What do Roman mythology and RV Investigator's voyage have in common? Hold onto your hard hats cause we're going to rock your world with marine geology.
three researchers examine underwater rock samples at a table

Scientists measuring and analysing rocks.

Titans of science! Geologists on board RV Investigator examine rock samples from the underworld.

Roman mythology is full of both epic love stories and epic battles. Take Pluto, the god of the underworld. His chief duty was to meet the newly dead after they rowed across the River Styx. He then bound these souls in chains and escorted them to judgement.

For times of trouble, Pluto had been gifted a helmet of invisibility and would ride into battle on an ebony chariot drawn by four black horses.

a marble statue of the god Pluto

Roman God Pluto holding a trident and holding onto a three-headed dog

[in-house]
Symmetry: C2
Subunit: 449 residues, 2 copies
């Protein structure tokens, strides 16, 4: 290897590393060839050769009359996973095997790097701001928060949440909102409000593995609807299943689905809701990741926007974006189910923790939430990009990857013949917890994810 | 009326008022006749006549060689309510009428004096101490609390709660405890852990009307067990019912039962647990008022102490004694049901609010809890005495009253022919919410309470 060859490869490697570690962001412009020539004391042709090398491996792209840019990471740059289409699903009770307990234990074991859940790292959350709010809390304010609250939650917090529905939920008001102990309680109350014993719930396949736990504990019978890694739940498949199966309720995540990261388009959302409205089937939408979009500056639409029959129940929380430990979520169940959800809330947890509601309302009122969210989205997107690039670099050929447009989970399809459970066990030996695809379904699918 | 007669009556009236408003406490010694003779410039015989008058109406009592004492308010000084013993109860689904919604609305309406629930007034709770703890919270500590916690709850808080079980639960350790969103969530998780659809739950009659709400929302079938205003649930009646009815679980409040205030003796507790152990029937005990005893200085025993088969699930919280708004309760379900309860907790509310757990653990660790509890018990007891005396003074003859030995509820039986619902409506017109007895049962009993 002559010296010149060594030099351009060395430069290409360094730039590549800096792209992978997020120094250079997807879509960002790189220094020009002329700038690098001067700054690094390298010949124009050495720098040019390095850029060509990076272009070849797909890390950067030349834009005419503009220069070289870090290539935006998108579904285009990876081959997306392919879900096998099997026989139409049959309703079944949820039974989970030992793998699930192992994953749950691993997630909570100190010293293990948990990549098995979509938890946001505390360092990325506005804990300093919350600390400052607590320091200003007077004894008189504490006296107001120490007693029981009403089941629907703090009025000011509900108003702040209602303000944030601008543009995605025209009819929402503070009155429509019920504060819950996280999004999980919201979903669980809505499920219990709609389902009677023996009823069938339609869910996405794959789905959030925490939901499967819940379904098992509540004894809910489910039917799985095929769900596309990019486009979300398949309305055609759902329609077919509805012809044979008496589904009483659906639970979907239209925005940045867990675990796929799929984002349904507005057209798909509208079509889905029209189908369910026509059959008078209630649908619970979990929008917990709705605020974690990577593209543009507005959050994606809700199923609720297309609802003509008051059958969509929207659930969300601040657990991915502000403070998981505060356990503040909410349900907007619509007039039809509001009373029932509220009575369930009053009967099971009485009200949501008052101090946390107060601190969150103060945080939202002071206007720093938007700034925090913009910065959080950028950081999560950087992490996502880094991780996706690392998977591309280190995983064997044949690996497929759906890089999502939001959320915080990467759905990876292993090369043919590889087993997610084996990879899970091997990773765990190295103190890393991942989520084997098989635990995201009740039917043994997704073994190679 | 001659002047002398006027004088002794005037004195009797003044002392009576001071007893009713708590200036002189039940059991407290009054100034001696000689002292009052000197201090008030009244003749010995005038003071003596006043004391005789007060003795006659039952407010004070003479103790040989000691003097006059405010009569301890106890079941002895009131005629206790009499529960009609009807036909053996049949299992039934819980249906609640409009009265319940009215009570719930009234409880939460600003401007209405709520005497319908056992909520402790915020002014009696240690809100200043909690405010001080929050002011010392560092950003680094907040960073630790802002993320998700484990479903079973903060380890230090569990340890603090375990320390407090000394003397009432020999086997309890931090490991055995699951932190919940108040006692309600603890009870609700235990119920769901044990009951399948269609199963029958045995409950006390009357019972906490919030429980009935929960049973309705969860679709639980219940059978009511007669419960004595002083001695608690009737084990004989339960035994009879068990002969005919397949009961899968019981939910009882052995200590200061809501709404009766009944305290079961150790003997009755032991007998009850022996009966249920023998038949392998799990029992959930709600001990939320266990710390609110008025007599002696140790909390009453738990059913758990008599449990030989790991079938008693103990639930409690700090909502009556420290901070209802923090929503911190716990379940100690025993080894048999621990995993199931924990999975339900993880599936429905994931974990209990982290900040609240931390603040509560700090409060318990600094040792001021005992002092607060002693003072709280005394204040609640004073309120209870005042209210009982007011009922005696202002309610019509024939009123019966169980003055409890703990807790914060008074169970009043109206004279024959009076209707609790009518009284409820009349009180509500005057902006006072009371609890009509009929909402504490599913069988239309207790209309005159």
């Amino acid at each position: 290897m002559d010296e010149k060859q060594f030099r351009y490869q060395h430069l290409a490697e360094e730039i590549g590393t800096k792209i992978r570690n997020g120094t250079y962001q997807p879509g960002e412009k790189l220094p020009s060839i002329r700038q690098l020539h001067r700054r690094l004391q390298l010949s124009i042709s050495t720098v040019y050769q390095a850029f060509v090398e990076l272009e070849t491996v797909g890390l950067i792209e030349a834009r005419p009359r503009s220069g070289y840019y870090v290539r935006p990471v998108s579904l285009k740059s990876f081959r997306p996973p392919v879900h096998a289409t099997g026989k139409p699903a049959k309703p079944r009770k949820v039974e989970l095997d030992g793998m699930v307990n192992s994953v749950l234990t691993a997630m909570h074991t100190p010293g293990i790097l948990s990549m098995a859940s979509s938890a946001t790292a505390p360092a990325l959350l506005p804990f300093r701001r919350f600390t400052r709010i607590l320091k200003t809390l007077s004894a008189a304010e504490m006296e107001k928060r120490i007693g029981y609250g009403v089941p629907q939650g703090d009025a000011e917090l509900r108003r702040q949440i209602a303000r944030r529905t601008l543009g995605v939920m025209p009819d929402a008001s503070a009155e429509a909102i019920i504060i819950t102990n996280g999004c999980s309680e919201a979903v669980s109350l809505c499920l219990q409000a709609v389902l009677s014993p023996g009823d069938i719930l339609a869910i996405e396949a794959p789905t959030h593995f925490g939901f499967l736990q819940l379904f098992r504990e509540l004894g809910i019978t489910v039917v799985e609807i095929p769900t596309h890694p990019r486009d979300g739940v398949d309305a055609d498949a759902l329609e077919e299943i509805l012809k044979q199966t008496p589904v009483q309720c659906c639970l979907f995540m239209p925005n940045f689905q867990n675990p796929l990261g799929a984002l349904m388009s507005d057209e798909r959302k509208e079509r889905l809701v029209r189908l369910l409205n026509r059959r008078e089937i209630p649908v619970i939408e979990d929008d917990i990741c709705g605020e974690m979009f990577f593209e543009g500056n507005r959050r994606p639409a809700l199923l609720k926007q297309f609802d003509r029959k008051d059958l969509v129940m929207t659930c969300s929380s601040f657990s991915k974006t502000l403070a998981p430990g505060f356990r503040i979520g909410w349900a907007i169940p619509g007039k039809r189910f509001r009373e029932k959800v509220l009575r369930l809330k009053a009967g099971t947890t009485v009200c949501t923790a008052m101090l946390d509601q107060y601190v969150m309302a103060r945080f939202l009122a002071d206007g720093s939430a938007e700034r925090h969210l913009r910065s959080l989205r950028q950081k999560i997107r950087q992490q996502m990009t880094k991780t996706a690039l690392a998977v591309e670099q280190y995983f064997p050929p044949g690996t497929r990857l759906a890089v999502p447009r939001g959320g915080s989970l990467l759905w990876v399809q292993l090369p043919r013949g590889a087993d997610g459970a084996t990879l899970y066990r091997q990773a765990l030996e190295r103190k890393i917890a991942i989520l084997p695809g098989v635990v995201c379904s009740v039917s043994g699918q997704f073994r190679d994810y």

While a buff god of the underworld, Pluto’s pale complexion and unusual pet put the ladies off.

But the underworld wasn’t all bad. The Romans recognised that many good things came from under the earth – such as gold, silver, and their crops. So Pluto and his domain were not considered to be all that terrible.

Jump forward a few thousand years (stick with us on this one) and we find new gods of the underworld at the centre of our story – marine geologists. Instead of a helmet of invisibility and a chariot, our marine geologists have a rock dredge and a high-horsepower research vessel.

It’s an epic story of a different kind. One in which our rockstars uncover underwater rocks.

So, let’s look at what was dredged up on RV Investigator’s recent voyage to the Coral Sea.

Studying the underwater underworld

In some locations on Earth, the underworld is much closer to the surface than others. In these places, hot molten rock rises as plumes from deep within the Earth’s mantle to create hotspots. These hotspots often create volcanic chains on the surface as tectonic plates move over them. Where this happens underwater, chains of seamounts – undersea volcanic mountains – can form across the seafloor.

Undersea volcanic activity has been critical in the evolution of the Coral Sea region. So, scientists on our RV Investigator set sail to study it in August 2019.

Scientists tested competing hypotheses for how hotspots had influenced the evolution of the Australian plate.